Delving Into History With The Otis Library

In 1989, I was born in Hartford Connecticut to two really smart and creative people. Early on, I wanted to write and create books. I briefly tried acting and ballet, but what I really wanted to do was to write and eventually create art. We moved to Norwich in the very early nineties, where I spent a great deal of time at the Otis Library. It was the coolest place to me back then, especially before the renovation. I love old buildings, because of the history and architecture but also because I find them so interesting. There is a sense of mystery to them that I can’t always put into the words I would quite like to.

We were friendly with the librarians, and familiar with the children’s section. There was a cave, and a wall mural featuring a wizard, knight, and princess standing before a castle in the distance. The Otis Library had one of the finest young adult collections I have ever seen (although it is different now I suspect.) They had the original Three Investigators Series, The Escape to Witch Mountain books, all of The Hardy Boys books, as well as the Cherry Ames Nurse Series. There were many others, and I spent so much of my childhood immersed in these books. The Otis Library had the best activities for children, and the librarians were always so kind.

Recently, I read online about something called The Jim Lafayette Writers Series for science fiction and fantasy writers. I had no idea that this event had been going on for a decade, and I really wish that I had known because I would have loved to be a part of it in some way. Jim Lafayette was a young man who passed away at age 26 due to Duchenne Muscular Dystrophy Disease.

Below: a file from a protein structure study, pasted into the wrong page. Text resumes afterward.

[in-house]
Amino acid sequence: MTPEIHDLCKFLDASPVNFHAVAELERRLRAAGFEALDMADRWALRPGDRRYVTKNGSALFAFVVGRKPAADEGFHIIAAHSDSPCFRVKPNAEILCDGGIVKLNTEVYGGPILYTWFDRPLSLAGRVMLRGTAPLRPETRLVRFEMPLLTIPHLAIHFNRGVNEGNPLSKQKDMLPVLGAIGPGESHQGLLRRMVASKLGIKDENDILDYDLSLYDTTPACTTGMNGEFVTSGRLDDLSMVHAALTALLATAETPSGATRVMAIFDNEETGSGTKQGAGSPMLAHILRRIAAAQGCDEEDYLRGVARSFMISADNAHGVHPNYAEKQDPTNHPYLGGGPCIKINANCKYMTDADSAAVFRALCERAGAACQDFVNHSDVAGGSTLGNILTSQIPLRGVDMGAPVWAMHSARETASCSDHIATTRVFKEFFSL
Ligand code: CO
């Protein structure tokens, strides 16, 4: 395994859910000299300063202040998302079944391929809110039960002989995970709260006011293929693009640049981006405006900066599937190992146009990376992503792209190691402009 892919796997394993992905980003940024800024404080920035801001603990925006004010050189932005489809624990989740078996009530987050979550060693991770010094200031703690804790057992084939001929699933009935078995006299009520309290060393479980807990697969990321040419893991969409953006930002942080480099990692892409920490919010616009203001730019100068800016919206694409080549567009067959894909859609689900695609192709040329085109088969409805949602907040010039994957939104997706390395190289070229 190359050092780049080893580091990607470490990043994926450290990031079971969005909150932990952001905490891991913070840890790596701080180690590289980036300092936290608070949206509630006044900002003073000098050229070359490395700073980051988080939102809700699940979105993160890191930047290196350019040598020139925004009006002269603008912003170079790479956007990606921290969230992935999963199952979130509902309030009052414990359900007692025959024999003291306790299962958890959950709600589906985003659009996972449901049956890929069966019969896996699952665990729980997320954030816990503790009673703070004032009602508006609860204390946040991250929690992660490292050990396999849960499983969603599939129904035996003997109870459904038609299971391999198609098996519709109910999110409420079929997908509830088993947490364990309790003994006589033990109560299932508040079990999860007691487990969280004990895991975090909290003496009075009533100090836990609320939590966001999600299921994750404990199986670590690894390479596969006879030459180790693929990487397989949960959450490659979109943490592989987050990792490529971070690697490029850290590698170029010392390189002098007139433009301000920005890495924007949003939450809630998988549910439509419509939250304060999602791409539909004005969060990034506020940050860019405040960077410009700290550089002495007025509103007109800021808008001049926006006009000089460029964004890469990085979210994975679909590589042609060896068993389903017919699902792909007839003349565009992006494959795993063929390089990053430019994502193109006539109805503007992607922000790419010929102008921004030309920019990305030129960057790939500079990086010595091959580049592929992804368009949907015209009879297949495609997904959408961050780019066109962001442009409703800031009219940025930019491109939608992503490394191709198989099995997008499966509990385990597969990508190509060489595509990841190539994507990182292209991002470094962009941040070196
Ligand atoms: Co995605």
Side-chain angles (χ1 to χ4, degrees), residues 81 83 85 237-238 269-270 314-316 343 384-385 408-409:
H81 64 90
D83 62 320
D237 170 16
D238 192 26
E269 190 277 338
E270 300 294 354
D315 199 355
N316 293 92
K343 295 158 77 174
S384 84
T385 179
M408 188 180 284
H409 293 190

He spent a great deal of time reading and writing science fiction, and this allowed him to escape being confined to his wheelchair. I was deeply moved by his story, the story of such an intelligent and creative person whose life ended far too soon. Jim graduated from Norwich Free Academy (the same school as myself) in 1995. He then went onto Connecticut College and graduated with honors in English. His parents donated his large science fiction collection to The Otis Library, which I found fascinating. I myself have looked through the science fiction and fantasy section there myself and might have come across his books.

I find Mr. Layfayette’s legacy very touching because he was a writer like myself and also sketched as I do. I had no idea that this very cool person once existed in the town of Norwich, CT that I grew up in. I wish I had known a long time ago. He is also inspiring to me because although he had a handicap, he went to school and studied what he loved. He immersed himself in reading and writing science fiction, and also wrote a weekly video game review for The Norwich Bulletin.

In my own ways in life I have struggled, of course, very differently and much less severe than Jim Layfayette. My depression and anxiety have made things very difficult for me, and my writing and art are a way for me to express myself and share my life in a positive way with others. My goal is to turn what troubles me into something beautiful instead– be it a book, a painting, or a drawing.

The yearly event features writers of the science fiction and fantasy genres, but this time was different. This time song and performance was incorporated with the literature being read as I understand it. I very much hope to attend this event in the future. Thank you to the Otis Library and to others for keeping his memory alive.

To Learn More About The Jim Layfayette Writers Series:

http://www.otislibrarynorwich.org/lafayette-writers/

http://www.theday.com/article/20170624/NWS01/170629609

 

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